Pay tax by credit card: Fantastic news… for some
The Inland Revenue is planning to allow people to pay by credit card as well as debit card.
The Good news
When I first read this, as a system player, my initial personal instincts were ‘fantastic’. For those of us who are self-employed the tax bill is the biggest lump sum payment of the year. Thus, to bring this into the MoneySaving fold enables you to do two things:
- Stooze. If you can pay for all your tax on a 0% card, this is a great way to stooze (make free cash from credit cards). As rather than utilizing balance transfer cards, which have a fee, you can use the top 0% for purchases cards which don’t. While using cards that you spend on to stooze has a lower fee, normally it takes time to build the spending up on the card; yet with a tax payment it could be done instantly (read the Stoozing article which will explain all this, if you don’t understand it).
- Make serious cashback. Currently the two best cashback cards on the market pay four or five percent cashback in the first few months that you have them. So, if you time the application to just before you need to make your tax payment this could be a real bonanza. Ie. If your tax bill is £10,000 you could get £400 back!
There are two things that may hamper this when we see further details. Firstly, it’s likely that people who pay by credit card will have to pay the ‘merchant fee’; the extra amount the revenue must pay for processing it by card. This will probably be around 1% of the sum – yet while this diminishes the gain, it won’t hurt it too much.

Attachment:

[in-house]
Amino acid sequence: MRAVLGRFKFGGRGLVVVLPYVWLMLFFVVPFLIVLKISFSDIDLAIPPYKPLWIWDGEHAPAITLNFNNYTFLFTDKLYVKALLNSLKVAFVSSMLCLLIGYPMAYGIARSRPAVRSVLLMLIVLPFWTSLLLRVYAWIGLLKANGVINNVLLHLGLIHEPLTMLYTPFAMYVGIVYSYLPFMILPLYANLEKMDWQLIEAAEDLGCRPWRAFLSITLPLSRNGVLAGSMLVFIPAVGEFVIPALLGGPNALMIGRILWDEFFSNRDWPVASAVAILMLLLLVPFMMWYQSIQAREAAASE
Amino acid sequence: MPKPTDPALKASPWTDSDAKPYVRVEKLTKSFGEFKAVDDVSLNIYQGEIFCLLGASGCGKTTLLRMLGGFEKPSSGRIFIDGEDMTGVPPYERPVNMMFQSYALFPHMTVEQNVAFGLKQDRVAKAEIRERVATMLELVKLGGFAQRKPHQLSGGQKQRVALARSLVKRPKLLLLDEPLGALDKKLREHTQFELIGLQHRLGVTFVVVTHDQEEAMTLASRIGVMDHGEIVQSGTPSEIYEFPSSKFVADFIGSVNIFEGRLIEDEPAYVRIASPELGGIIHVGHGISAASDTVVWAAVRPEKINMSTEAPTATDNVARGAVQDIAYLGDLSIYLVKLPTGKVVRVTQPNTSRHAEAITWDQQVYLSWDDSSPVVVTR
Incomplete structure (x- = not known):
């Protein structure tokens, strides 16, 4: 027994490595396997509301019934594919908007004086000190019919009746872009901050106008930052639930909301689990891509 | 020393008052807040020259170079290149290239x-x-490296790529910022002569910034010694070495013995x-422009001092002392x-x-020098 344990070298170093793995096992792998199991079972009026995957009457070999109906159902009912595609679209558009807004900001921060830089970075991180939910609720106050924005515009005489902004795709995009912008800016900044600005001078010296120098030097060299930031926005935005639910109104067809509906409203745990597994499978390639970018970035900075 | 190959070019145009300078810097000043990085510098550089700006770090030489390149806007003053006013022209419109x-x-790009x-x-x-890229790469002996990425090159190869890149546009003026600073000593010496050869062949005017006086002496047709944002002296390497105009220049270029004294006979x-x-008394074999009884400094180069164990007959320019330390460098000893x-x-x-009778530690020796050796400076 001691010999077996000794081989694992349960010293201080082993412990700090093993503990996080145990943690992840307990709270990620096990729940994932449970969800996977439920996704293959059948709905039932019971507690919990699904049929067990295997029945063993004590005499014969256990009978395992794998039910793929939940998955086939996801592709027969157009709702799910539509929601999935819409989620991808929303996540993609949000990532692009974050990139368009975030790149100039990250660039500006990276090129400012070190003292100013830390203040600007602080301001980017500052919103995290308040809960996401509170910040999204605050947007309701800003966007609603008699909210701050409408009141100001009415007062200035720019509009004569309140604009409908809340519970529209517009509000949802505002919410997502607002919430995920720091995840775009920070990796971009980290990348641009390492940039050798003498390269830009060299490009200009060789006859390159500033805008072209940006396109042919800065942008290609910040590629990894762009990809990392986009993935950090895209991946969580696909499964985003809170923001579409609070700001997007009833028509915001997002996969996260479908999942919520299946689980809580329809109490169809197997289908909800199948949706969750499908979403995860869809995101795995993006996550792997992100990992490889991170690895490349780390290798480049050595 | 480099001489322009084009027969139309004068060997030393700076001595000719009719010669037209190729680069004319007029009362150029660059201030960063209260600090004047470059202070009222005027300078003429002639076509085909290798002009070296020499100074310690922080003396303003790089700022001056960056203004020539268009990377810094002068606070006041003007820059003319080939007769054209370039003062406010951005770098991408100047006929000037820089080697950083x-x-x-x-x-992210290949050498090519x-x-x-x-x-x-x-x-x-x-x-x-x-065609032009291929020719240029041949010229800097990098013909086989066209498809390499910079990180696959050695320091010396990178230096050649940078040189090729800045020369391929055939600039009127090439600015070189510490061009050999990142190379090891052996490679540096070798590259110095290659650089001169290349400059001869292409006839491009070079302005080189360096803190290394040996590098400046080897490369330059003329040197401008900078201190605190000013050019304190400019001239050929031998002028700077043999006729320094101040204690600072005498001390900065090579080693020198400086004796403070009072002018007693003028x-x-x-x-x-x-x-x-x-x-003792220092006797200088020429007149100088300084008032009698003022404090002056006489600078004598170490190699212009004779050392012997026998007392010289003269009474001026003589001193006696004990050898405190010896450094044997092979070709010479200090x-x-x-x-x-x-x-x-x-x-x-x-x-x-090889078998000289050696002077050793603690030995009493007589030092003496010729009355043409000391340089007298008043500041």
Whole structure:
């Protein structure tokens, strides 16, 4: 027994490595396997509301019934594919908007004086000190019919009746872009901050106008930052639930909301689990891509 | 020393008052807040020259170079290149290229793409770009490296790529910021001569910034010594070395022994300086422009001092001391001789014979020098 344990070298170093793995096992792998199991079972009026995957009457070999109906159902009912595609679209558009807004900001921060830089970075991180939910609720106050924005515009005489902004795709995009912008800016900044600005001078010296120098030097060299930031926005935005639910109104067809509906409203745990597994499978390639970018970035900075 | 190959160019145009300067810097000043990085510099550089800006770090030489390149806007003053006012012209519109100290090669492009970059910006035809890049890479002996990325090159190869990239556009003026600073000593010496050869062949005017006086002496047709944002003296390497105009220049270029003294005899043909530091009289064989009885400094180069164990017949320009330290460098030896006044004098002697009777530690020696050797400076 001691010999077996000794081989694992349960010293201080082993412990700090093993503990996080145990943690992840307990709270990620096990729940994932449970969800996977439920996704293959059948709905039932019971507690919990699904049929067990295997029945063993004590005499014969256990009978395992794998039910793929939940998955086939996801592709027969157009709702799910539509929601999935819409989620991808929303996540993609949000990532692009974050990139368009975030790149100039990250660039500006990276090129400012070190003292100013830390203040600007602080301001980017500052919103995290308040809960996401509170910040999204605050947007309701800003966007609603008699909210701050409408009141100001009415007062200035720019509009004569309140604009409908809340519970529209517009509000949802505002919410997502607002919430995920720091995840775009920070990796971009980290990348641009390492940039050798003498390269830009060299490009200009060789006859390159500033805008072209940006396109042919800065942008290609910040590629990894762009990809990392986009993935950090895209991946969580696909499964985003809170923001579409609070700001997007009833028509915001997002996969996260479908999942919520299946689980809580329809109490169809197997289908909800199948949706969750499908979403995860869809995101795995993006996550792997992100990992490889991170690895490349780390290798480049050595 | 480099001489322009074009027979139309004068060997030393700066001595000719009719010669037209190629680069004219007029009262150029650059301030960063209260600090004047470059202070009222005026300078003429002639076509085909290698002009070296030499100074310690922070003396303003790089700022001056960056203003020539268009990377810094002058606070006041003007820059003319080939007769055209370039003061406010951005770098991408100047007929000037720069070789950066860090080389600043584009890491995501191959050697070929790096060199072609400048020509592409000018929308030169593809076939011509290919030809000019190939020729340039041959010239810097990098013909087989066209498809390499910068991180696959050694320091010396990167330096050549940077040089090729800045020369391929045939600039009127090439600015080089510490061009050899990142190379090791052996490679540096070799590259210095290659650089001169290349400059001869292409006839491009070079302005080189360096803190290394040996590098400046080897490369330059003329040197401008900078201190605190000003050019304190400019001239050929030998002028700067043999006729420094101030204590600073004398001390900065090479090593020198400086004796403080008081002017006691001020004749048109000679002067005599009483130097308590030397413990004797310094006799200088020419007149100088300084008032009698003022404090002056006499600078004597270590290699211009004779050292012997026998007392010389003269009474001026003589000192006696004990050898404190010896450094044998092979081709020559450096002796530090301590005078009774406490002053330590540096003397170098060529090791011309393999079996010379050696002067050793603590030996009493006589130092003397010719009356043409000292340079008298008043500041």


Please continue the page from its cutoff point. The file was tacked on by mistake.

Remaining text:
The other one is more damaging; it is possible credit card companies could count this is a ‘cash withdrawal’ in which case it’s a nightmare as it won’t be at zero percent and even if you pay the card off in full you’d pay interest on it. We need to watch out for that one, as it’d be a scandalous disgrace if it happened.
The Bad News
The worry of course is this encourages people not to put money aside to pay for tax, knowing that they can put it on a credit card. Yet for me, this is tempered by the fact that currently people who do this use a loan, and the best credit cards are cheaper than the best loans, so if someone is in this position – and does their research – it can be cheaper. Having said that, we need to ensure we don’t encourage borrowing to pay for tax.
My view is simple – for every £100 you earn roughly £33 of it isn’t your money, it belongs to the revenue to pay tax and National Insurance (and it’s more if you’re a higher-rate taxpayer). So as soon as you earn this, put it away in a top savings account specifically for tax (or if you’re using the free budget planner you’ll see a special category for it there). Then you never see this money (though it does earn you interest) and you don’t feel it’s yours – which of course in the long run, it isn’t.